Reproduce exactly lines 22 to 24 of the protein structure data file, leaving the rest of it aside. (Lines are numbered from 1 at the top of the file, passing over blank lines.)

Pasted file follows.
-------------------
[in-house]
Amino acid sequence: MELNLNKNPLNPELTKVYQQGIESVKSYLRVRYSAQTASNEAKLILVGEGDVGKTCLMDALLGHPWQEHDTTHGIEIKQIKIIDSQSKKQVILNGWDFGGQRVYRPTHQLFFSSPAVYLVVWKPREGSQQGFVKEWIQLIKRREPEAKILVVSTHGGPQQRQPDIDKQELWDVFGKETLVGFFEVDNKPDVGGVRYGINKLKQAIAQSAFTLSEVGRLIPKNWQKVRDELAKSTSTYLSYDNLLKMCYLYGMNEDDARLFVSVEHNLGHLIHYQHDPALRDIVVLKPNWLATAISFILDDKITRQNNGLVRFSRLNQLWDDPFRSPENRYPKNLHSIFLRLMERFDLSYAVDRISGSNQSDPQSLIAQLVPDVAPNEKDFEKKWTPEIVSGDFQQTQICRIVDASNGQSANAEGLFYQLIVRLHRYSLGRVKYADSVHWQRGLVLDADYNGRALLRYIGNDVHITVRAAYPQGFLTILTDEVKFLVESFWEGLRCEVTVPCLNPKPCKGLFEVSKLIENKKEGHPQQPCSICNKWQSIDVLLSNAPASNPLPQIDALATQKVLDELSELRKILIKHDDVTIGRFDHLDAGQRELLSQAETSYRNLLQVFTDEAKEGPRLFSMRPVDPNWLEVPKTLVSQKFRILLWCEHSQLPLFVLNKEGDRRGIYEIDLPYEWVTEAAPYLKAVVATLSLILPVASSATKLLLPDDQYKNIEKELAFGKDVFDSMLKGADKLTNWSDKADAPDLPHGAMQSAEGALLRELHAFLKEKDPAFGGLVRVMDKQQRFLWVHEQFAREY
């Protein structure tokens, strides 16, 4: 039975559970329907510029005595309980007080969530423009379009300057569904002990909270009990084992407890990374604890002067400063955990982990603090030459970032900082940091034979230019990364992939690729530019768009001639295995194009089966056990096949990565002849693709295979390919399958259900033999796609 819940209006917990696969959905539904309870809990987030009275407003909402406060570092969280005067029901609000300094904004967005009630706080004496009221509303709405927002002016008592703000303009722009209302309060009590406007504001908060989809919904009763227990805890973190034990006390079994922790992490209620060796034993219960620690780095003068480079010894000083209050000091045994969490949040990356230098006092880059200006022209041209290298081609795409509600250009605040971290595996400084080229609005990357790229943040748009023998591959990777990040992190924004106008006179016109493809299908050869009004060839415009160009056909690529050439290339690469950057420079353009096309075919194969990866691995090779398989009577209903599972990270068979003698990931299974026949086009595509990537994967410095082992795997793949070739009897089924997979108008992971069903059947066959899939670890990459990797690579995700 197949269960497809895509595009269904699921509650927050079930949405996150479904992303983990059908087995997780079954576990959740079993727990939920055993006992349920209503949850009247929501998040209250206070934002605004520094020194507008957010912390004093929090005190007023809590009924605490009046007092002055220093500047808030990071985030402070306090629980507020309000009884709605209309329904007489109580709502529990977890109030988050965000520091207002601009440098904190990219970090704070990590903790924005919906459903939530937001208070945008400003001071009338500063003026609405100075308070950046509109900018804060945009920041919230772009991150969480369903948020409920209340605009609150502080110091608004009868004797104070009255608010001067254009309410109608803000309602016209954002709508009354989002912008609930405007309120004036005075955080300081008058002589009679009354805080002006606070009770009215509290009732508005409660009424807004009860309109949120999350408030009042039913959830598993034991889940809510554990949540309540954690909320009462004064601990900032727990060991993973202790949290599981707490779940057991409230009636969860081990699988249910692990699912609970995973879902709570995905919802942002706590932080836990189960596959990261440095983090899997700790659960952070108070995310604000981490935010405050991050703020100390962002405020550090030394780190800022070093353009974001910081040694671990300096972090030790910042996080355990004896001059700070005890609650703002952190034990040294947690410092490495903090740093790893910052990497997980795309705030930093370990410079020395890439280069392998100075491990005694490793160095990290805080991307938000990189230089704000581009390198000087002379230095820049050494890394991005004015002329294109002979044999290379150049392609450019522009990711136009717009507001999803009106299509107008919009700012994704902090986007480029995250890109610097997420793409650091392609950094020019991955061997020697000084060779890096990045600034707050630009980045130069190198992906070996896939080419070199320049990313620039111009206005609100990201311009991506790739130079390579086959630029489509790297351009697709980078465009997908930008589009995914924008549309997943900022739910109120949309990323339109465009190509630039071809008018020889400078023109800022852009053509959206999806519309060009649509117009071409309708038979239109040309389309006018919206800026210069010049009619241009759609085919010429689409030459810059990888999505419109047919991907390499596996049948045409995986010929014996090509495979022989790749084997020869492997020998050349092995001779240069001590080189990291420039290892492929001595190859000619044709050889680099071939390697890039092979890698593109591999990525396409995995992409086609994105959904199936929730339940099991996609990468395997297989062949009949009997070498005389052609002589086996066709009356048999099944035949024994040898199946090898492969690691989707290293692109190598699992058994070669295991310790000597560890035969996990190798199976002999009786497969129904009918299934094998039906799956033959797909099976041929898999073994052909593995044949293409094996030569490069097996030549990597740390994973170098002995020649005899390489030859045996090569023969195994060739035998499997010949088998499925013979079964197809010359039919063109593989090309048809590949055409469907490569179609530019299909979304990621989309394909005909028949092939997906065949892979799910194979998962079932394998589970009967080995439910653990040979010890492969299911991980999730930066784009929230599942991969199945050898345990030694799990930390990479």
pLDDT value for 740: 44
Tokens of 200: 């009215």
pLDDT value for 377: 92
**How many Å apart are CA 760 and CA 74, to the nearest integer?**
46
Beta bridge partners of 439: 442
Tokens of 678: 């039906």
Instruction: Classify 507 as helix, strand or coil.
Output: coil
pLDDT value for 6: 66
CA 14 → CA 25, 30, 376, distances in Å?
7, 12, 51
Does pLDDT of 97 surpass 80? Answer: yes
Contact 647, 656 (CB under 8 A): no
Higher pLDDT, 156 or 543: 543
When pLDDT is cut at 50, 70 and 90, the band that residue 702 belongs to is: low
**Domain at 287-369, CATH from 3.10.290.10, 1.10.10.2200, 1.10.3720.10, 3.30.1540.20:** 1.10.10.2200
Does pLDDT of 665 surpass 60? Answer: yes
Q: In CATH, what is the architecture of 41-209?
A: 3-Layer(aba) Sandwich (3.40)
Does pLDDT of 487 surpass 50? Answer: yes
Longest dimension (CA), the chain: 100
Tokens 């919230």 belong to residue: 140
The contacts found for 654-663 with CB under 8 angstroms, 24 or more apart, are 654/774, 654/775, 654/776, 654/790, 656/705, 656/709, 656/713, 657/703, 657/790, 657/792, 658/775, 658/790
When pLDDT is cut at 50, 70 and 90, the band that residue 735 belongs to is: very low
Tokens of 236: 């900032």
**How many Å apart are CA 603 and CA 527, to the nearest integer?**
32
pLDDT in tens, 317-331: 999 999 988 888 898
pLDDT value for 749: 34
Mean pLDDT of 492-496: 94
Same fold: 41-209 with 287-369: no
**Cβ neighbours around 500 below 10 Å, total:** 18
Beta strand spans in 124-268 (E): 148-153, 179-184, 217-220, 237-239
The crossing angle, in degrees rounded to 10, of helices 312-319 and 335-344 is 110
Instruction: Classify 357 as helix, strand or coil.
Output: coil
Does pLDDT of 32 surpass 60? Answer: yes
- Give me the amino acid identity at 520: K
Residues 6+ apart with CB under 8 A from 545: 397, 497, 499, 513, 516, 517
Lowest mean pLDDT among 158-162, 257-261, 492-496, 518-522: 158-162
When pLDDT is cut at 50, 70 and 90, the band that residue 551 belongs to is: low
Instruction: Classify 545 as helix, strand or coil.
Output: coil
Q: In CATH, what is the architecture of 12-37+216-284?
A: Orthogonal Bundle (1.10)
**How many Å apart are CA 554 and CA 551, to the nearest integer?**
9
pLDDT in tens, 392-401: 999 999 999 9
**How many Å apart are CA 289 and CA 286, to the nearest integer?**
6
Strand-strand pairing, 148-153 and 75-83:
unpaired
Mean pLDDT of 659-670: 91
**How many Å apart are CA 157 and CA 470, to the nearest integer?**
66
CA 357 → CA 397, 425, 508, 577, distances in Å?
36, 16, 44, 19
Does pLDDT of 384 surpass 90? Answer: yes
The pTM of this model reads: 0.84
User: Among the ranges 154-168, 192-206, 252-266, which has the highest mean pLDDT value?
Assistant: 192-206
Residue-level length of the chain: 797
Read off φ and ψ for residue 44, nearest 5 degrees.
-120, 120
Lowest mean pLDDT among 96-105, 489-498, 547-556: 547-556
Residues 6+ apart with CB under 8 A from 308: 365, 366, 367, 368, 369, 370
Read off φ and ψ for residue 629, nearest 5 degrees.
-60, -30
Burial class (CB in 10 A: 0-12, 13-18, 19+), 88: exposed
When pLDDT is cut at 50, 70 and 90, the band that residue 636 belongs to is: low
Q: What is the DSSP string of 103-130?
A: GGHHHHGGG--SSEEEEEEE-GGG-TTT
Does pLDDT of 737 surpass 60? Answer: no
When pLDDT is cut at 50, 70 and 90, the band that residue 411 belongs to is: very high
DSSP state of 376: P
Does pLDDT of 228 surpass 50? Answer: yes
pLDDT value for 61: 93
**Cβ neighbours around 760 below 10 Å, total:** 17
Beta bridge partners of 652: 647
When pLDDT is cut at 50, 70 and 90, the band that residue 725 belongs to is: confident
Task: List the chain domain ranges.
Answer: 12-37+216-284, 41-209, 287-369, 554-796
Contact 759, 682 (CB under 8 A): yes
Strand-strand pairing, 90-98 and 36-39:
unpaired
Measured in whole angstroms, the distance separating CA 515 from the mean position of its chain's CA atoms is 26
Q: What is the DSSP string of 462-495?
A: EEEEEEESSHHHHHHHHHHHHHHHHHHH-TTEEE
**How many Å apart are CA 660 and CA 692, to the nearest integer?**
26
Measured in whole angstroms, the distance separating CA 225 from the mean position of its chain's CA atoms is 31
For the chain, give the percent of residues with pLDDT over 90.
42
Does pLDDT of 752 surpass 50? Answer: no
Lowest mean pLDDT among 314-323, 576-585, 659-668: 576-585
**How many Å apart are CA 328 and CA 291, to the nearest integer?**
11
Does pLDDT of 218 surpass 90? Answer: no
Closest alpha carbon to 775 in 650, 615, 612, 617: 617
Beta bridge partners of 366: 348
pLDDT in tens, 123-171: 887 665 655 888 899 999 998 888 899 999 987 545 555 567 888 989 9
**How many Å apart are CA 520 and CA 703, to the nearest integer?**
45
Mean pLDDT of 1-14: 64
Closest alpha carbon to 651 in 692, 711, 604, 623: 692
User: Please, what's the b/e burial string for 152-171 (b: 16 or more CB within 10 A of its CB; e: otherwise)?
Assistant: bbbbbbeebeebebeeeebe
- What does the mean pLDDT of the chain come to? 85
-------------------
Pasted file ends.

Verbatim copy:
Q: In CATH, what is the architecture of 41-209?
A: 3-Layer(aba) Sandwich (3.40)
Does pLDDT of 487 surpass 50? Answer: yes